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'What more could India want?'

Last updated on: March 09, 2006 23:35 IST

Michael Krepon is President Emeritus and Co-Founder of the Henry L Stimson Center and South Asia expert. The Stimson Center, founded in 1989, specializes in threat reduction and international security issues.

Krepon's areas of interest are South Asia and the Kashmir dispute, nuclear risk reduction, strategic arms control, missile defenses, and the utilization of confidence-building measures to alleviate tensions and promote reconciliation.

In an exclusive chat with rediff readers, Krepon says that "If this deal were about helping India's economy to grow -- but without helping India's nuclear arsenal to grow-- I would support it on Capitol Hill. Unfortunately (from my perspective), this deal is about both."

The transcript:

 Michael Krepon says, 
Ready, aim, fire!

ramananda asked, good morning Mr Krepon. Let's start with your reactions to the nuclear deal..good, bad, expected?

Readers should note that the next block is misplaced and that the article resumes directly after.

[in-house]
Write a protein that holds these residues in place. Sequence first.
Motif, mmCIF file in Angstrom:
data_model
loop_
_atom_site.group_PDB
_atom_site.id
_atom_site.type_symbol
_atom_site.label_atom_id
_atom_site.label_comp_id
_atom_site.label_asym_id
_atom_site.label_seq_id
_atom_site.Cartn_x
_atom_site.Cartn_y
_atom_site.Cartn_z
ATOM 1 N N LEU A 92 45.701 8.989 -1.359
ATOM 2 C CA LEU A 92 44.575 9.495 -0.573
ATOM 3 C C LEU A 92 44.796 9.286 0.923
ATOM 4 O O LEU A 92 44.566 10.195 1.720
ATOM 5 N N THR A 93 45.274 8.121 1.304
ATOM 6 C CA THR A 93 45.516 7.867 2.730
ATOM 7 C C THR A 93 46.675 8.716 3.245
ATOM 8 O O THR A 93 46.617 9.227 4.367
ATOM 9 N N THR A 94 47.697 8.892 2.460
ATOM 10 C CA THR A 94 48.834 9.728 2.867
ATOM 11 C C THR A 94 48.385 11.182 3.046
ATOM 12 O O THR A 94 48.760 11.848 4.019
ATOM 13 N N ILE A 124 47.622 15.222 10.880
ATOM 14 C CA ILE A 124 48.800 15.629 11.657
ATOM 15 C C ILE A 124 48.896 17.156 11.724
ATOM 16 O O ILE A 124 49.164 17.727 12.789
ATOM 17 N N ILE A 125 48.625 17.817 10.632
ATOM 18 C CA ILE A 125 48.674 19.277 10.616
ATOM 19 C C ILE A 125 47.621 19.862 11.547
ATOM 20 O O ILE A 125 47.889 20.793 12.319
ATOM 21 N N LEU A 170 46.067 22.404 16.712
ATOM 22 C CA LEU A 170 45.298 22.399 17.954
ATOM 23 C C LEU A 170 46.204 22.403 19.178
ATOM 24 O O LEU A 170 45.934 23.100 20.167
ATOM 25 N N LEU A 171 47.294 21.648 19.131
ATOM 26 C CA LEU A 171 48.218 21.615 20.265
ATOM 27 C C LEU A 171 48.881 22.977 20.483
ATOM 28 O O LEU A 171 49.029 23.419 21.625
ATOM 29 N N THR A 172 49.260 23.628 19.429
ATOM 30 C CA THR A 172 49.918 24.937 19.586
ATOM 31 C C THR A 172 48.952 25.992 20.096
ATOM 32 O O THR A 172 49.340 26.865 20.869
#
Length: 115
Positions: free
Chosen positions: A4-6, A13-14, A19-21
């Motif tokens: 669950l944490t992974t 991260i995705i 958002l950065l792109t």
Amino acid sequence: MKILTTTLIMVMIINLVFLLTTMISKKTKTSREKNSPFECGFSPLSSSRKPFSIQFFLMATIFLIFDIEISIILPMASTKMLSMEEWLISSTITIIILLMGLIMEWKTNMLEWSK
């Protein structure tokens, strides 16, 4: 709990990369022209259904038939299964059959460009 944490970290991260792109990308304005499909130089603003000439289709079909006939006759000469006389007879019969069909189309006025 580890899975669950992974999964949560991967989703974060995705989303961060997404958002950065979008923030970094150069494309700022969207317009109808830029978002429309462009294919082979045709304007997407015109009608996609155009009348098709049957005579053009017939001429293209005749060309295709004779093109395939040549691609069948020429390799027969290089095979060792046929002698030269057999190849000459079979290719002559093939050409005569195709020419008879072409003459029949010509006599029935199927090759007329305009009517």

Michael Krepon answers, Ram: Many in the US were disapoointed with the result. This was the most benevolent US negotiation since the Lend Lease agreement in 1941, when FDR sought to help Great Britain fight the Nazis.
balaiitk asked, Will the Indo-US nuclear deal pass the Congress?
Michael Krepon answers, Very hard to say. There will be lots of questions. Concerns over nuclear proliferation and nuclear terrorism are paramount, and the administration's argumnent that this deal is a net plus for nonproliferation will not be persuasive.
indianpatriot asked, Sir, what does the stimson center plan to do about this deal? is it lobbying to stall/block it in Congress? how?
Michael Krepon answers, We don't lobby. We try to ask the right questions, and some people value our analysis.